in the poultry sector’
|Dr Susantha Mallikaarachchi (Director Hayles Agro)
conducting his lecture on ‘How to become the most
desirable job candidate in the private sector’.
Seminar on ‘Protein for a Healthy Nation’ for key medical practitioners
World’s Poultry Science Association Sri Lanka branch (WPSA –SL) in collaboration with Sri Lanka Medical nutrition Association & United States Soybean Export council (USSEC- Sri Lanka), has successfully conducted a seminar on ‘Protein for a Healthy Nation’ for key medical practitioners on 25th January 2019 at Hotel Jetwin Blue Negombo.
This was organised by WPSA – SL as a part of their continuous awareness programmes for chicken and eggs, island wide. Over 120 number of medical practitioners including medical nutritionists from MRI Borella, Consultants of Hospital Ragama & Negombo & Gampaha were participated for the programme.
Dr (Mrs) Renuka Jayatissa President Sri Lanka Medical Nutrition Association & Head of Department of Nutrition, Medical Research Institute has conducted her discussions on ‘Importance of protein for humans’ & ‘Modification of lifestyle for better health’ while Dr Athula Mahagamage Consultant – USSEC/ Sri Lanka educated the audience on ‘Road Map of the Poultry Production and Poultry management & processing’. Finally Dr Prabath Samaratunga -President, WPSA- SL has conducted his discussion on ‘Myths & misconceptions related to chicken & egg consumption’.
|Panel of lecturers conducting the Q & A session|
The Turkish Branch is fully engaged in the organisation of the XXIV European Symposium on the Quality of Poultry Meat and XVIII European Symposium on the Quality of Eggs and Egg Products to be held in the Aegean resort town of Çeşme (İzmir) between 23-26 June 2019.
The Turkish Branch is a stakeholder of the biannual Food Safety Congress, and Branch President Prof. Dr Rüveyde Akbay is a member of the Congress Organising Committee. She attended the Advisory Board meeting held in Istanbul this January where the trade press was invited for a briefing about the XXIV European Symposium on the Quality of Poultry Meat and XVIII European Symposium on the Quality of Eggs and Egg Products. Our Board members in Istanbul were also present.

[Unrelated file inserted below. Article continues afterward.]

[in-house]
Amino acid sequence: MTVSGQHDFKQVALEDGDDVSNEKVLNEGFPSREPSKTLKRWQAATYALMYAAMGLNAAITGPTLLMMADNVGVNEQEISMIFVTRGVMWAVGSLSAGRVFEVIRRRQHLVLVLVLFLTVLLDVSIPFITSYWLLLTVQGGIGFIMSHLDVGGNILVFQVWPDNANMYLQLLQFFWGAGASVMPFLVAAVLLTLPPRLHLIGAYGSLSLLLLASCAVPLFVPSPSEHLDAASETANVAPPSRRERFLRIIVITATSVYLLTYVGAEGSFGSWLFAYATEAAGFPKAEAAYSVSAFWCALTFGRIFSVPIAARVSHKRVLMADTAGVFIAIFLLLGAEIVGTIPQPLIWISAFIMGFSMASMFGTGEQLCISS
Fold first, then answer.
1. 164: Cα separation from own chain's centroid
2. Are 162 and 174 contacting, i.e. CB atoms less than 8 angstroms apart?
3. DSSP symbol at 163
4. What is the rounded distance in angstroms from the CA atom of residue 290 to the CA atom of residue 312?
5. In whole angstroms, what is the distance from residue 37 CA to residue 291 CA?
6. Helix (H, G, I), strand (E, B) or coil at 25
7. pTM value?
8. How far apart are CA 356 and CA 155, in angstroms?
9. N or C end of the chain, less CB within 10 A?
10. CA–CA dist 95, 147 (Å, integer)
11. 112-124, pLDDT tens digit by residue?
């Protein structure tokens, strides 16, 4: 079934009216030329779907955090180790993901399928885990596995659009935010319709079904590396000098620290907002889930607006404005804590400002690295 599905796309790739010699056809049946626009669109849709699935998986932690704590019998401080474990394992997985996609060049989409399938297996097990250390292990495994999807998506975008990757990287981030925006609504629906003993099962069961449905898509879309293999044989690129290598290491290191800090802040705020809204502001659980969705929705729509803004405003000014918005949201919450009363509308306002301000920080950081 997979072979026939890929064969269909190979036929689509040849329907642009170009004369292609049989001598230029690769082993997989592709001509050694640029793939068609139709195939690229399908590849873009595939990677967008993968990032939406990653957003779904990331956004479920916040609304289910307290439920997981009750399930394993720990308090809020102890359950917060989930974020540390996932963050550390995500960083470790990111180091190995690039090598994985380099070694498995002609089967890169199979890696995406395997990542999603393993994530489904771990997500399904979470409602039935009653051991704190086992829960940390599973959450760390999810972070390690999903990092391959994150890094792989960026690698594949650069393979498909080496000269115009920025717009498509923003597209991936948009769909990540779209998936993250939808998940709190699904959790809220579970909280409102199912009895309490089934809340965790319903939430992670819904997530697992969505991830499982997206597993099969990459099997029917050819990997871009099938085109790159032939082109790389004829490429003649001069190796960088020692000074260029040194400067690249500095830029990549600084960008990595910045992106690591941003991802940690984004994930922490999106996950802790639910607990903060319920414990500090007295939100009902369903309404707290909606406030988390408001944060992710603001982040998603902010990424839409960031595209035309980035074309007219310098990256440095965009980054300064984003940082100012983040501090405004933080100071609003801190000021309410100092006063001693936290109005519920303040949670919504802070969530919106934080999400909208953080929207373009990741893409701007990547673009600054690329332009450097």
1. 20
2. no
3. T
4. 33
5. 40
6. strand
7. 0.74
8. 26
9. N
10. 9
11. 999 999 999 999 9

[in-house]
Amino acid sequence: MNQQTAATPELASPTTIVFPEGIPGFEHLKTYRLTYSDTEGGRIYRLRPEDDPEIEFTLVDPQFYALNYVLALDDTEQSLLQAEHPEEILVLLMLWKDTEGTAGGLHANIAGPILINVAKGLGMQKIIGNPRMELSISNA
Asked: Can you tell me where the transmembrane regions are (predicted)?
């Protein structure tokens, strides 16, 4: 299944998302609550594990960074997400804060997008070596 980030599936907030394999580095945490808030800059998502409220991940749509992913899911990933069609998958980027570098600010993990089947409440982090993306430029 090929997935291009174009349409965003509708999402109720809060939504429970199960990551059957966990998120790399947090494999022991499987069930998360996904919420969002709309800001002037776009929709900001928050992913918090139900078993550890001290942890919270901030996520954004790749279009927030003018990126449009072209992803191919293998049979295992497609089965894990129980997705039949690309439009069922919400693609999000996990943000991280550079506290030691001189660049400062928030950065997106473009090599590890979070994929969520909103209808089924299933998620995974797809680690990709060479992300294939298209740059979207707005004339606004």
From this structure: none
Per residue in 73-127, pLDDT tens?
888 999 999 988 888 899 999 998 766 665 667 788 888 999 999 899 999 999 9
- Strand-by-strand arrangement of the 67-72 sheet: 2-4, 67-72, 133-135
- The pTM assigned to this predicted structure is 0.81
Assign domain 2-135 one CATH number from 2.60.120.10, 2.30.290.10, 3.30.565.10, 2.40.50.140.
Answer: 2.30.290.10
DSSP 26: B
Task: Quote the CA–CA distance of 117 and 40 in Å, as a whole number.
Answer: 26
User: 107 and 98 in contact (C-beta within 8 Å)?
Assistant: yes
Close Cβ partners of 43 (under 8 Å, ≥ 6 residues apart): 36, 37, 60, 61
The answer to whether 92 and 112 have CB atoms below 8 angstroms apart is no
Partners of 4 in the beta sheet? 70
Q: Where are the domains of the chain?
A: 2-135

Prof Dr Akbay took part in the Poultry Research Working Group Project Evaluation Meeting of the General Directorate of Agricultural Research and Policies between 17-22 February 2019 in Antalya. She gave a presentation about the Egg & Meat symposia and invited all the participants to attend.
We look forward to welcoming you at the symposia this summer!
Assoc. Prof. Dr Cengizhan Mızrak, Secretary of the WPSA Turkish Branch
33rd Poultry Science Symposium
The proposal for the 33rd Poultry Science Symposium is to discuss the topics of prebiotics, probiotics and the poultry microbiome, against the background of a post-antibiotic era. The tentative date for the 33rd PSS would be August 2020, with the preferred venue of Cambridge. As further planning progresses more details will appear on the WPSA UK website at www.wpsa-uk.com.
The USA Branch is honoured to announce the election of three new Board members, each of whom will serve a four year term. The new members include Dr Todd Applegate (University of Georgia), Dr Darrin Karcher (Purdue University), and Dr Robert Van Wyhe (AB Vista). We would also like to recognise and thank our three outgoing Board members for their service to WPSA and the USA Branch, including Dr Chris Ashwell (Branch President), Dr Olivia Faulkner and Dr Bob Taylor. Additionally, Dr Sami Dridi (University of Arkansas) will serve as the USA Branch President for the next 2 years.
Dr Bob Buresh, Secretary, USA Branch